The House Education and Workforce Committee recently approved legislation that would establish a Bill of Rights for parents of elementary and secondary school students.
The legislation, introduced by Rep. Julia Letlow (LA-5), would, among other things, empower parents to inspect books and other teaching materials in schools. While AACTE supports parental involvement in their children’s education, it opposed the legislation, in part, because the legislation would restrict any classroom instruction on sexual orientation or gender identity and expression and would pose an undue burden on educators by creating unnecessary and burdensome reporting requirements on schools.
AACTE joins scores of organizations in celebrating this year’s Civic Learning Week, which takes place from March 6 – 10. This is a critical moment to call for increased understanding of the essentials of our government, how to engage with elected officials and understanding the rights and responsibilities of citizens.
Sen. Bernie Sanders (I-VT), the new chairman of the Senate Health, Education, Labor and Pensions (HELP) Committee, held a Town Hall meeting on February 13 to call for increasing the salaries and supporting policies for the nation’s educators.
Sen. Sanders was joined by Sen. Edward Markey (D-MA); Becky Pringle, president, National Education Association; Randi Weingarten, president, American Federation of Teachers; and four educators to talk about their experiences in the classroom and why it is critical to increase salaries for educators. AACTE was invited to share videos (see minute 5:23 and 6:40) of students who are being prepared to become teachers at AACTE member institutions.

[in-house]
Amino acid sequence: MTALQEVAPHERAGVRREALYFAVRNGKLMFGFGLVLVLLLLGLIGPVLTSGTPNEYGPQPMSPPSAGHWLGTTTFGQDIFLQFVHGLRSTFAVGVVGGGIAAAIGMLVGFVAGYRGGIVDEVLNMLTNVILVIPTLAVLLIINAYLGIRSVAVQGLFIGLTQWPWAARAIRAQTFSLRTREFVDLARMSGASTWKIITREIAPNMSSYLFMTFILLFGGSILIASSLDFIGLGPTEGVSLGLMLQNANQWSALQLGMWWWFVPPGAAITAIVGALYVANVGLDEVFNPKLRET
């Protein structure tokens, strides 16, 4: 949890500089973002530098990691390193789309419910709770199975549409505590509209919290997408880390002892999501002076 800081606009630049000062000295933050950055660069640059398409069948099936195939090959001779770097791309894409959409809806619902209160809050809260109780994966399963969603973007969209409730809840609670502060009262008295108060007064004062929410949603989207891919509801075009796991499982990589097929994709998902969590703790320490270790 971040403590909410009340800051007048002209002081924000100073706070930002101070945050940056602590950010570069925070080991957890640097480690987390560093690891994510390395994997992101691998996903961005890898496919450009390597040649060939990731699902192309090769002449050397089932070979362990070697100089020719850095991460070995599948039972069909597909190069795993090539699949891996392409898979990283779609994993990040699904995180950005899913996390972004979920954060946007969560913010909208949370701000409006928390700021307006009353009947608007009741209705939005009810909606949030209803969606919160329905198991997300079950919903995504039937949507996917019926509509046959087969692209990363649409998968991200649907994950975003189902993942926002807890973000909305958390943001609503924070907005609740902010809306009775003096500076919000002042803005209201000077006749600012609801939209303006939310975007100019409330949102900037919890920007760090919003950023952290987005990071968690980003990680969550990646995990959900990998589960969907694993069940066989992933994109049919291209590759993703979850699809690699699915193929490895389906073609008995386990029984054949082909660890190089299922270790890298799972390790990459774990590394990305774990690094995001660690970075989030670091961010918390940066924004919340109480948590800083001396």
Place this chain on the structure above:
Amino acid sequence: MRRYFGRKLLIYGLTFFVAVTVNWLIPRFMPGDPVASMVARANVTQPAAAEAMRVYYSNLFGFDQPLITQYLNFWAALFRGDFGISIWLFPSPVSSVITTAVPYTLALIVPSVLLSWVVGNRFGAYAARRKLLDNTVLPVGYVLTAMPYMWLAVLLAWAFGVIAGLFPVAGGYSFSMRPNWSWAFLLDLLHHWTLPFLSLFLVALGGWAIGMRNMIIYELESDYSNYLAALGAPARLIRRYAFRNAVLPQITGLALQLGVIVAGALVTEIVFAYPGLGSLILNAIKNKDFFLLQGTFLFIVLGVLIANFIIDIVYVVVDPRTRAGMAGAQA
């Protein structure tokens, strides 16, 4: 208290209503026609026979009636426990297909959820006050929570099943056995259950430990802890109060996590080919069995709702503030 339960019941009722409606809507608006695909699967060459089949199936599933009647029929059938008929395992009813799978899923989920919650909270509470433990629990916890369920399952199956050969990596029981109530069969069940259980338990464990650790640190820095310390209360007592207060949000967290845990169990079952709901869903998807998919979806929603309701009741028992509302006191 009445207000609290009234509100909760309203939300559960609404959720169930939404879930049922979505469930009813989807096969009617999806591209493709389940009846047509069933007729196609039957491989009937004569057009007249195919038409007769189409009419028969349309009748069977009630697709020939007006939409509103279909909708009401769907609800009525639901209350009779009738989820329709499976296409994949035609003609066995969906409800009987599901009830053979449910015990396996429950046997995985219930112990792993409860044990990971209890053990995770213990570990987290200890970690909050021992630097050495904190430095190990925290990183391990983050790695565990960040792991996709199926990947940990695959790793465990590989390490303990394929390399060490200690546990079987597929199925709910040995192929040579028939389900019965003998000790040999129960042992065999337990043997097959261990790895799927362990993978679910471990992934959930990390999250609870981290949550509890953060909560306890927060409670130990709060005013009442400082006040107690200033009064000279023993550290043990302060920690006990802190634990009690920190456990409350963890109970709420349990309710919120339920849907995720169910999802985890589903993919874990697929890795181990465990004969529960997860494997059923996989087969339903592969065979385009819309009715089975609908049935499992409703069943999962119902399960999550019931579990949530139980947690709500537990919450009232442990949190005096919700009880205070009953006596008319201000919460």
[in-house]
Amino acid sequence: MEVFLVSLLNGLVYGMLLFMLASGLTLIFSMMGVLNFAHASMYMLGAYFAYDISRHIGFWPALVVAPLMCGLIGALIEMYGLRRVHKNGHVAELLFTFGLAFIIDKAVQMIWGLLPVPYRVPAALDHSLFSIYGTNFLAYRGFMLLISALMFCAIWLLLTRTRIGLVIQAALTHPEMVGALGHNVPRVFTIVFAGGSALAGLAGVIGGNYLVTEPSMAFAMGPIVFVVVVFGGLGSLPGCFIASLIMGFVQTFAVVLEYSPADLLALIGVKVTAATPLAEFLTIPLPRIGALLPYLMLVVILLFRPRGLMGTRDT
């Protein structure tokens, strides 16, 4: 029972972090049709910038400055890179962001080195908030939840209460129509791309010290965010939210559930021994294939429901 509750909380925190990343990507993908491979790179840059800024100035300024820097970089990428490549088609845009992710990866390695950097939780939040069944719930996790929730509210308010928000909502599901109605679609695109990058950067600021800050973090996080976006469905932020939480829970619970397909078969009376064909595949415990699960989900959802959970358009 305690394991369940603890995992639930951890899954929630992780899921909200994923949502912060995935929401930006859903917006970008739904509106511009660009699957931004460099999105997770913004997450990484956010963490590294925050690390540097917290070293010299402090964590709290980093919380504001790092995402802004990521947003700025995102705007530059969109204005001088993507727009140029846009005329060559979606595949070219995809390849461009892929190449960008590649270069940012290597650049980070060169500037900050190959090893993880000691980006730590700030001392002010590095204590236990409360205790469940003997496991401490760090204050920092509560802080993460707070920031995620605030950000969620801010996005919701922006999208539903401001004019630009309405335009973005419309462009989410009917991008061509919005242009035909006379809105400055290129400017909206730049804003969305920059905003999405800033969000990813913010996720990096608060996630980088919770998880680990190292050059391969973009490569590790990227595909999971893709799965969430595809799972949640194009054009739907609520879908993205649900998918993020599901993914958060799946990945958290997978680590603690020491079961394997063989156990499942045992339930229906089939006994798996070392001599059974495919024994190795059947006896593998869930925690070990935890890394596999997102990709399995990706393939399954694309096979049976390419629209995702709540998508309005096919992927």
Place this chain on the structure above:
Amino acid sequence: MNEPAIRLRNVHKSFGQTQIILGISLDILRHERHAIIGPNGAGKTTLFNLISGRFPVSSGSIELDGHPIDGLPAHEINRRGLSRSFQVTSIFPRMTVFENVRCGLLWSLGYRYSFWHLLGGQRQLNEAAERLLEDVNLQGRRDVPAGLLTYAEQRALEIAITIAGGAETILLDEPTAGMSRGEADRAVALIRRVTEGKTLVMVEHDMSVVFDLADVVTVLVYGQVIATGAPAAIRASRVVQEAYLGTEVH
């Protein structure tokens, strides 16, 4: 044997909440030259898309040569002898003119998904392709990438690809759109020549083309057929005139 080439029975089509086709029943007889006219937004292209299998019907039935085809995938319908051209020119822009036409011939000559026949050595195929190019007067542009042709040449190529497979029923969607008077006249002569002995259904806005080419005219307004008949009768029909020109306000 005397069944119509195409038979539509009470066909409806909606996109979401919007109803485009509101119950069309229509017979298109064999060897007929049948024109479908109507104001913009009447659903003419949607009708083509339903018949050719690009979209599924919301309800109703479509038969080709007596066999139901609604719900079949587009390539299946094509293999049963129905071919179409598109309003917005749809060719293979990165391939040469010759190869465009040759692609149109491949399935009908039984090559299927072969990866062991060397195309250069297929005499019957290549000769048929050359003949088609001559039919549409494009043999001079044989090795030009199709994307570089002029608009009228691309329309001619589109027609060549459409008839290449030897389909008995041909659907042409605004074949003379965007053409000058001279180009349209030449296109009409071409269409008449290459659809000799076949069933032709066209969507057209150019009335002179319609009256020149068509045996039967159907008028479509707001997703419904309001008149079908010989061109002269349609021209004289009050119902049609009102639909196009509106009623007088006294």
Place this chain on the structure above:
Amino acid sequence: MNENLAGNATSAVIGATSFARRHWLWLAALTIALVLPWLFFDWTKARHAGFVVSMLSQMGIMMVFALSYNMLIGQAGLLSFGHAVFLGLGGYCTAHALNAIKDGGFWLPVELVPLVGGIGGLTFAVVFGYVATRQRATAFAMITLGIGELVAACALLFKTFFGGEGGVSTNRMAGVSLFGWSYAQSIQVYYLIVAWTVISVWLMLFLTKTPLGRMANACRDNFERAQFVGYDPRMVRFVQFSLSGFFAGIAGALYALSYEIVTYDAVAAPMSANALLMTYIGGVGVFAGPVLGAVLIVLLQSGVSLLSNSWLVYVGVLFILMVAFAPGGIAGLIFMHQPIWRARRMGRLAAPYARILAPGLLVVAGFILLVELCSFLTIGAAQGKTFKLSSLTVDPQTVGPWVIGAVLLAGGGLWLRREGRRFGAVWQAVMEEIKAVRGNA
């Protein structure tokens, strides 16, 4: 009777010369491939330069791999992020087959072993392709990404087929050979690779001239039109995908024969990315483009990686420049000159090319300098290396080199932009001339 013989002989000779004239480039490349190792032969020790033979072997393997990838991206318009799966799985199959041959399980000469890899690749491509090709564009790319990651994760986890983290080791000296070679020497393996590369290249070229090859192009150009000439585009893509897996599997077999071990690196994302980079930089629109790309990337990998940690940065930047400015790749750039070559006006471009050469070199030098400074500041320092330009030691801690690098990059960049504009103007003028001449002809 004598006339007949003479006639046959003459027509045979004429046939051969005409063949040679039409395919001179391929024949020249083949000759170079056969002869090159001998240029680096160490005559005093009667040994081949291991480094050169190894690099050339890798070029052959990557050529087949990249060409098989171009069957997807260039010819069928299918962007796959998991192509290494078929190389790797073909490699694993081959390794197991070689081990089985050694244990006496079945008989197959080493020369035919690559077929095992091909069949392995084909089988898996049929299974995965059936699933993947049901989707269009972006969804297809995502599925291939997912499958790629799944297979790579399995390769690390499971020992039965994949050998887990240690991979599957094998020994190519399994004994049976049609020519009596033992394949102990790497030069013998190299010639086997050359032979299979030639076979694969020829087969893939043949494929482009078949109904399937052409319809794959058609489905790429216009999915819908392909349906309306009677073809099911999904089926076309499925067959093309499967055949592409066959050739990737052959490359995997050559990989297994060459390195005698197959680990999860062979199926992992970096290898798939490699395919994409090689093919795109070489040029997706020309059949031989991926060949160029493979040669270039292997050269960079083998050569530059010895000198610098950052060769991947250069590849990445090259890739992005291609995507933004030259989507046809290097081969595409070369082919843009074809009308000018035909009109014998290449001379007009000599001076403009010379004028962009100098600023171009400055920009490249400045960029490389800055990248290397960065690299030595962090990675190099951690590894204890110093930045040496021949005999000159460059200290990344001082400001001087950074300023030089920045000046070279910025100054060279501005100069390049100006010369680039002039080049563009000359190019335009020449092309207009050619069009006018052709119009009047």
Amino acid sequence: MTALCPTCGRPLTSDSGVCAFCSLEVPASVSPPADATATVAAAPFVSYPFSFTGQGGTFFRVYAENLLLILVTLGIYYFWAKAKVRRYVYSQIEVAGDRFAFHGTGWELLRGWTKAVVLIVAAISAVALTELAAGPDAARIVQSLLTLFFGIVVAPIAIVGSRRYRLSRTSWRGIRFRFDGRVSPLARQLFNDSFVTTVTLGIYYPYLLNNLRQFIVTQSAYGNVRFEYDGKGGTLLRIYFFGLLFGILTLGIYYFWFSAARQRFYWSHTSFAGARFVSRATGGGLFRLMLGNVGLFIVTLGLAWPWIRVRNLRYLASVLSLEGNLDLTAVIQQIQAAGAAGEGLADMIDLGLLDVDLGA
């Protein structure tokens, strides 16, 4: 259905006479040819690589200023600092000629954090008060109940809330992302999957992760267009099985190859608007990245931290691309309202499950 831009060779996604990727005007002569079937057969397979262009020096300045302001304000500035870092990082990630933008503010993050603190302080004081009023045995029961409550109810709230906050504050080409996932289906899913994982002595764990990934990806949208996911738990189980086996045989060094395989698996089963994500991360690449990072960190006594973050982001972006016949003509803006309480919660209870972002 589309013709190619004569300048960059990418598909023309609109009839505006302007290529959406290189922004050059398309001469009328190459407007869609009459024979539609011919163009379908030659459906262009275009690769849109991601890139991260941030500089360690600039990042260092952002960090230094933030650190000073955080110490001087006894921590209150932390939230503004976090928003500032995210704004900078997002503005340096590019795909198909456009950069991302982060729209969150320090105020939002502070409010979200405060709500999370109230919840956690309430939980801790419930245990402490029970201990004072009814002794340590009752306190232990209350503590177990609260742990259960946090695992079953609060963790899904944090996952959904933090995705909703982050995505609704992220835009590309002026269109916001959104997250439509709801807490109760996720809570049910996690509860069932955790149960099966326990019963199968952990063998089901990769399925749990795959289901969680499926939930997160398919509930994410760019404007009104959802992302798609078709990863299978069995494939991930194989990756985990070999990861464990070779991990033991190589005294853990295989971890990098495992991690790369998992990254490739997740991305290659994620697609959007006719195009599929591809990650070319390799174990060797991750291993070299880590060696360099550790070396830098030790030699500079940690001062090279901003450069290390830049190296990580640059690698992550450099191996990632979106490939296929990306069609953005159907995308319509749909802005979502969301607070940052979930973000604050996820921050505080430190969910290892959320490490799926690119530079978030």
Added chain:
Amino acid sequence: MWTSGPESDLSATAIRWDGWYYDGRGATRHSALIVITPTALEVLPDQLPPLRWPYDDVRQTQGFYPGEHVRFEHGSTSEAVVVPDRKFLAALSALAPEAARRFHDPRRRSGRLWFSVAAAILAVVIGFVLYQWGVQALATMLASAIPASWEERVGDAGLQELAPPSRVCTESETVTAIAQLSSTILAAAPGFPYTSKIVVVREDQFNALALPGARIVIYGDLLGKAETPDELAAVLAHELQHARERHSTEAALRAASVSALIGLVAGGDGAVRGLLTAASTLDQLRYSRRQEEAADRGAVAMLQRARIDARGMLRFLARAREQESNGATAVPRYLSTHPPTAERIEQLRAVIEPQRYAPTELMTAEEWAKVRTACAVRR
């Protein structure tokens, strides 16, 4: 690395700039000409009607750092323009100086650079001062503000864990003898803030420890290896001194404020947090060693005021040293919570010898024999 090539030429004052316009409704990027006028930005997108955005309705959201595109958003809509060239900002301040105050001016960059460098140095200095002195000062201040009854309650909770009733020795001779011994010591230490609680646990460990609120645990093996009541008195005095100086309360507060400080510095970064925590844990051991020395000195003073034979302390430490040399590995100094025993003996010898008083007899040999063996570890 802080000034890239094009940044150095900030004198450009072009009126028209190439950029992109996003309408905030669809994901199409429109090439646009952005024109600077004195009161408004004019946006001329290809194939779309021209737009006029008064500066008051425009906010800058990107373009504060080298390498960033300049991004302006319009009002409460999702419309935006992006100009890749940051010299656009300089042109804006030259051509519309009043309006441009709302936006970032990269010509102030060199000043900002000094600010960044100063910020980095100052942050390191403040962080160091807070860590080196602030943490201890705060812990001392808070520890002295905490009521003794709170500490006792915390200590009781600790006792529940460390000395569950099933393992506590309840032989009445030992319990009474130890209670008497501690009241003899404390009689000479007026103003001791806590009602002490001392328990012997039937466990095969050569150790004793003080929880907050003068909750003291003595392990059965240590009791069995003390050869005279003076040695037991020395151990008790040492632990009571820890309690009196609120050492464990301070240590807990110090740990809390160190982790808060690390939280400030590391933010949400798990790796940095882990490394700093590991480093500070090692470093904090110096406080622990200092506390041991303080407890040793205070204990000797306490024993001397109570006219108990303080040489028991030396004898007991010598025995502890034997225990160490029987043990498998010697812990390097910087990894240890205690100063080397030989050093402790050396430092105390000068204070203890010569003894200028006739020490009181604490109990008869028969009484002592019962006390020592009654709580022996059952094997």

President Joseph Biden gave his State of the Union address on February 7 to a Joint Session of Congress. The President touched on numerous subjects, including a call to increase the salaries of public-school teachers, support student and educator mental health, lower student debt, and pass the bipartisan Equality Act to “ensure LGBTQ Americans, especially transgender young people, can live with safety and dignity.”
As is customary, the president invited members of the public to attend the speech. Among his guests were Maurice “Dion” Dykes, who is working to become a teacher through a Registered Apprenticeship Program in Tennessee. As you may know, AACTE is working with a coalition of partners to develop a National Guideline Standards (NGS) for registered apprenticeship programs in teaching. When approved by the U.S. Department of Labor, these standards will serve as guidance for all organizations seeking federal recognition of an apprenticeship program in teaching.